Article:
Lane Markings If the lane markings show that you can use either labe following the road ahead: If you approach on the left then you should stay to the left in new road, if you take the right hand lane on approach stay on the inside of the roundabout and exit in the right hand lane in new road.

Roundabout 4

Lane Discipline

On this roundabout the road markings show that the left hand lane should only be used for turning left. This will normally be where the left exit is more of a main route (i.e. city centre route or leading to a motorway).

Following the road ahead (where the left-hand lane is for turning left only)

As the markings show - you will need to use the right hand lane to follow the road ahead. Keep to the inside of the roundabout until passing the first exit. Be extra careful until passing the first exit and as you exit in case other vehicles have followed the road ahead in the left lane, which is the case on most roundabouts.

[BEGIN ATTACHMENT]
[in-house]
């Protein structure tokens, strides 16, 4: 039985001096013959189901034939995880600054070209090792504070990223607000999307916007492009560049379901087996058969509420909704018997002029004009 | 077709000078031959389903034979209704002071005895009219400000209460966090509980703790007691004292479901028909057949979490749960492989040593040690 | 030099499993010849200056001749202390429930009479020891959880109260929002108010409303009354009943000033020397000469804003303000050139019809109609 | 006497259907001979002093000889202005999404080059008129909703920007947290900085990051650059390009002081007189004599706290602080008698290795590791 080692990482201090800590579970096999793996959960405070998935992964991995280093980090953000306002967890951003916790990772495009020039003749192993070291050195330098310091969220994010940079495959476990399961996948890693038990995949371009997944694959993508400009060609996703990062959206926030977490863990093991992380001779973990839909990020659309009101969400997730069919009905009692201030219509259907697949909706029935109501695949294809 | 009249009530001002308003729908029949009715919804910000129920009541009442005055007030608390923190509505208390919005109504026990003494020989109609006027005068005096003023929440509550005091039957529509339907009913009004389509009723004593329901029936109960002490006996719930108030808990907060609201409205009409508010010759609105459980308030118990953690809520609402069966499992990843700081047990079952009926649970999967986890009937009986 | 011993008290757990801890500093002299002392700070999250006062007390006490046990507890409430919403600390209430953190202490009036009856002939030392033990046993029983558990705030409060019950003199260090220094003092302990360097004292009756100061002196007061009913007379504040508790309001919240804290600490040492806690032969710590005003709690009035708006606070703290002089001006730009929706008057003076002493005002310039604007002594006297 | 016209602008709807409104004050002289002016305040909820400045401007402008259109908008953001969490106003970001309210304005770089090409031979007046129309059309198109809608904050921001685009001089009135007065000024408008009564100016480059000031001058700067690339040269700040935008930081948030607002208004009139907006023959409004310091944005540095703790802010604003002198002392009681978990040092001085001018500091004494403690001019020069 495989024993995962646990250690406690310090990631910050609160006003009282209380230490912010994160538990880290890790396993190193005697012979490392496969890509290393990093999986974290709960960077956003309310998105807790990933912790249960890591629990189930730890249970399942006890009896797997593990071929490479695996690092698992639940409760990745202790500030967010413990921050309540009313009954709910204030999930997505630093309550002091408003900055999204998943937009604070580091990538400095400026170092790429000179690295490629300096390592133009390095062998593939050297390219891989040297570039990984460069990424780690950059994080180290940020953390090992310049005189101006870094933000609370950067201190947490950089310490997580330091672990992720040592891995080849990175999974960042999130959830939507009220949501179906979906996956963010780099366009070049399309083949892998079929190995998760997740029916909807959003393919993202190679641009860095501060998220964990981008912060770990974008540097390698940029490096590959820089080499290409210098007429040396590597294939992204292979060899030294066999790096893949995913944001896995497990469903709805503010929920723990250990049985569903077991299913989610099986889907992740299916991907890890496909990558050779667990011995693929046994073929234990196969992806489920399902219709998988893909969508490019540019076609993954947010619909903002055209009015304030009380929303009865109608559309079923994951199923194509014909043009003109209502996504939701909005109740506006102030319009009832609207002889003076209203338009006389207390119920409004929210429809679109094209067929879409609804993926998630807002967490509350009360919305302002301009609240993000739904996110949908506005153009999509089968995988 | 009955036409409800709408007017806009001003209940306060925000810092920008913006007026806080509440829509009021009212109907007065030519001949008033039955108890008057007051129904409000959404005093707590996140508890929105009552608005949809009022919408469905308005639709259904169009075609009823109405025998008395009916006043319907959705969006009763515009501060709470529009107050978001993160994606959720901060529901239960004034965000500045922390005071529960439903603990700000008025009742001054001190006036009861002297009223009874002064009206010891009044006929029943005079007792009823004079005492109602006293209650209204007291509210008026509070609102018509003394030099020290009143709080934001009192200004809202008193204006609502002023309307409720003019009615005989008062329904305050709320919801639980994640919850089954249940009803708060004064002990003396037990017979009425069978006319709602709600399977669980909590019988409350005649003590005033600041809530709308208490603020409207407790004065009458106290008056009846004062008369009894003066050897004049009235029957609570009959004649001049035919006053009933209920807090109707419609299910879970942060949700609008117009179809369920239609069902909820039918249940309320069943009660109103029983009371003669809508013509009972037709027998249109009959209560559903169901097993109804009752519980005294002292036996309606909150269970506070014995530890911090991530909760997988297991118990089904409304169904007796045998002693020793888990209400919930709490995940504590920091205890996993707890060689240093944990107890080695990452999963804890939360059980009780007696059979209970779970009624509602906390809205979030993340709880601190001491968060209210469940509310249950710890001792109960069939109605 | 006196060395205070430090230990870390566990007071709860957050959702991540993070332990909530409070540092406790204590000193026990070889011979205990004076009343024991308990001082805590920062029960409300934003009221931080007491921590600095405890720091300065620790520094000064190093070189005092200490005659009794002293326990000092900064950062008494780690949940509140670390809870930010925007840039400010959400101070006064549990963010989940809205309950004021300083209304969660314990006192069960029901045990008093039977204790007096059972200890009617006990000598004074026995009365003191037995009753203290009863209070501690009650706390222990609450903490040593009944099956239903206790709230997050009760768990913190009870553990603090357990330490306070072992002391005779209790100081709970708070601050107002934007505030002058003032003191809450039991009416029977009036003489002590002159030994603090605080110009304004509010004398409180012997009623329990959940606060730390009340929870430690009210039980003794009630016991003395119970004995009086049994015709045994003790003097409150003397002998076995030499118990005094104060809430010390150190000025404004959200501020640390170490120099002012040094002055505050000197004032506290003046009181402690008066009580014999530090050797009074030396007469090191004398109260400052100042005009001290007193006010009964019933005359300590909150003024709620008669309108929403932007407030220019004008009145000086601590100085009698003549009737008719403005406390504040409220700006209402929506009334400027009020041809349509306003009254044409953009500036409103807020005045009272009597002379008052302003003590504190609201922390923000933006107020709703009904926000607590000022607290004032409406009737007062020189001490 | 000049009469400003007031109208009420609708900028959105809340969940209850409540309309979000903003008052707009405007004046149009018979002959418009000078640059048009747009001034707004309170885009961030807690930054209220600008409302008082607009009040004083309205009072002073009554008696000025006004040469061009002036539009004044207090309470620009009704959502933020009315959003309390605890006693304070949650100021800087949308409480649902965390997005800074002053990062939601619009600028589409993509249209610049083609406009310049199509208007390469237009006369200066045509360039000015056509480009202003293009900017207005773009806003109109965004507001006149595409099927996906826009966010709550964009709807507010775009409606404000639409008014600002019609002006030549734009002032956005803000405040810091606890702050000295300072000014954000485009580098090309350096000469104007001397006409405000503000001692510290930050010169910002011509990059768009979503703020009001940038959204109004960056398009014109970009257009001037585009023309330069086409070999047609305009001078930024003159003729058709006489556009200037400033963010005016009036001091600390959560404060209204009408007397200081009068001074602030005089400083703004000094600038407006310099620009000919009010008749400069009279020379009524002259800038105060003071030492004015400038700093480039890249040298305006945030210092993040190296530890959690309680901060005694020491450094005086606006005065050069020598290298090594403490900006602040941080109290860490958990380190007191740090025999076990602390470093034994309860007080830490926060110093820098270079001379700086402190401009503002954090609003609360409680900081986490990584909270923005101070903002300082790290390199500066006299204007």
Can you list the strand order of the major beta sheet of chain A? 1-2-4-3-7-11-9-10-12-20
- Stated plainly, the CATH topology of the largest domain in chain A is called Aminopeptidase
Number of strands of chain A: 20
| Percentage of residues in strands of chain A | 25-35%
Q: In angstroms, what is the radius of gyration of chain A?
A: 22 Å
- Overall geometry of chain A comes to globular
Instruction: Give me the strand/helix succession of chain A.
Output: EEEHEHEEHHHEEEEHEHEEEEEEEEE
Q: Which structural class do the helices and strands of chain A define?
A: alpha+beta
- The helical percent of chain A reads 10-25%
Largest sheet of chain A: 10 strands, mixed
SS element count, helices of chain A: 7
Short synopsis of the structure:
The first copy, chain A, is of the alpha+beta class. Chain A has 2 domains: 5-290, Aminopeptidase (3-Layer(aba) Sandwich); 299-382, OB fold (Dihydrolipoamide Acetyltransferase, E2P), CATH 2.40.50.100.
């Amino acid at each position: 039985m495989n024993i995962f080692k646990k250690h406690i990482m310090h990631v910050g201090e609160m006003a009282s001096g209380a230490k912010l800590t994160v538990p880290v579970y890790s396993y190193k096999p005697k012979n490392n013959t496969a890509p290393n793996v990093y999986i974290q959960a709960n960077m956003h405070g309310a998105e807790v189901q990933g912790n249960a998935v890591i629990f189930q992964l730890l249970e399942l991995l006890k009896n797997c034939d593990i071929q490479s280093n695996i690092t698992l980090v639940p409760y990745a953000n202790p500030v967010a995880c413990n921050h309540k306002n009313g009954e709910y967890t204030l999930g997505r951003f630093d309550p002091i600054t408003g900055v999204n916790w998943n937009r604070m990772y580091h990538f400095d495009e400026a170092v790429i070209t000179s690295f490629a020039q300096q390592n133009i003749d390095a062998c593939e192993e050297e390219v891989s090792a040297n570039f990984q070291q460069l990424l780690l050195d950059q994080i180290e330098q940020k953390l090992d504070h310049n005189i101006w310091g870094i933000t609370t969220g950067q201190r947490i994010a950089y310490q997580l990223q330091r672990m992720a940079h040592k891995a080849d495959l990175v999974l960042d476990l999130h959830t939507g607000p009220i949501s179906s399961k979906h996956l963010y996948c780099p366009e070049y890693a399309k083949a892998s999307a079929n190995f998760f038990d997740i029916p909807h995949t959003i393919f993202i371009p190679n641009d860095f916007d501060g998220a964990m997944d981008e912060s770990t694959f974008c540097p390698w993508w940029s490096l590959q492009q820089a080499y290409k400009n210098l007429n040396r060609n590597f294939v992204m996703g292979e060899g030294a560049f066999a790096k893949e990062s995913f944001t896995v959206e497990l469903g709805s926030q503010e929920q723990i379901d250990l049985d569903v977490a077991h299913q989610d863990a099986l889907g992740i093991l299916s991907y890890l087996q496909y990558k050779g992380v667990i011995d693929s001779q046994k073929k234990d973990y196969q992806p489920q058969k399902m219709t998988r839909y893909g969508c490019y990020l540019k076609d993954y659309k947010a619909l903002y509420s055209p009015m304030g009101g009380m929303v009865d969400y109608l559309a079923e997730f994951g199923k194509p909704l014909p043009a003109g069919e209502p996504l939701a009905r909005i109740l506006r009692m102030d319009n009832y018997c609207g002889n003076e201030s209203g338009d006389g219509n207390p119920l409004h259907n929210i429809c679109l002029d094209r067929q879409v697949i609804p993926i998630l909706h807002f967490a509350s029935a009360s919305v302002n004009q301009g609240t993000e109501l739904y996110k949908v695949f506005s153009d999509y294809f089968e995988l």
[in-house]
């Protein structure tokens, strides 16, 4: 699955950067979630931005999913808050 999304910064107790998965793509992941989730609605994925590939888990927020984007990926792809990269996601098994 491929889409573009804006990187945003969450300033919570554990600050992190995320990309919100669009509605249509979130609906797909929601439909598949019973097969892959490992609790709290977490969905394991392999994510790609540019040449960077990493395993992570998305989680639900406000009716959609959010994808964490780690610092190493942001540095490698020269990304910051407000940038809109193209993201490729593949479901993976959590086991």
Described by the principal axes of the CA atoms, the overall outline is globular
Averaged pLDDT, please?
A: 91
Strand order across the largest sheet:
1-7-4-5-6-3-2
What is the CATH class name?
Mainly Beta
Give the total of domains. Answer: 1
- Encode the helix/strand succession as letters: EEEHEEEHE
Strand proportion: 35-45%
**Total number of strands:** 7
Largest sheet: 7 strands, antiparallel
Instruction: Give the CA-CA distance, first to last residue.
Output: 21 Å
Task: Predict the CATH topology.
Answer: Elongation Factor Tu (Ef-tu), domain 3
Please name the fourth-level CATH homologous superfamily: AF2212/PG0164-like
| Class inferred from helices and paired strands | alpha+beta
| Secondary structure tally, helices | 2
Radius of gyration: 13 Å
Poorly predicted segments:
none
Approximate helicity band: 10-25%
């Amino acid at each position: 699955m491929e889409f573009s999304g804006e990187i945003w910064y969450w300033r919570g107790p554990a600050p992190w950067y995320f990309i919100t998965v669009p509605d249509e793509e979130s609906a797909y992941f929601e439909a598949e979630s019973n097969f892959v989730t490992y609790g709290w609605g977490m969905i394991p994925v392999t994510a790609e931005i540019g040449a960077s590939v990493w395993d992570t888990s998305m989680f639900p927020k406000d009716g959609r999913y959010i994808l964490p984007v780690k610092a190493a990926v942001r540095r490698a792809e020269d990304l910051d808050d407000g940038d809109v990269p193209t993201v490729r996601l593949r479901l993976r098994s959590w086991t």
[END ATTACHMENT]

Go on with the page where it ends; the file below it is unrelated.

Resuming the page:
Roundabout 5

Following the road ahead on a dual carriageway


Lane discipline

Here you will be able to follow the road ahead in either lane.
If you approach in the left hand lane stay on the outside of the roundabout and keep to the left on your exit.

Key Considerations

  • Ensure you approach in the correct lane in good time
  • Most dual carriageways are high speed roads - try to keep appropriate speed
  • Be mindful of traffic to your sides especially larger vehicles which may not stick to their lane
Lane Markings

Multi lanes

If you have three or more lanes - look for road markings for most appropriate lane to use.

Roundabout 6

Roundabouts - Making Progress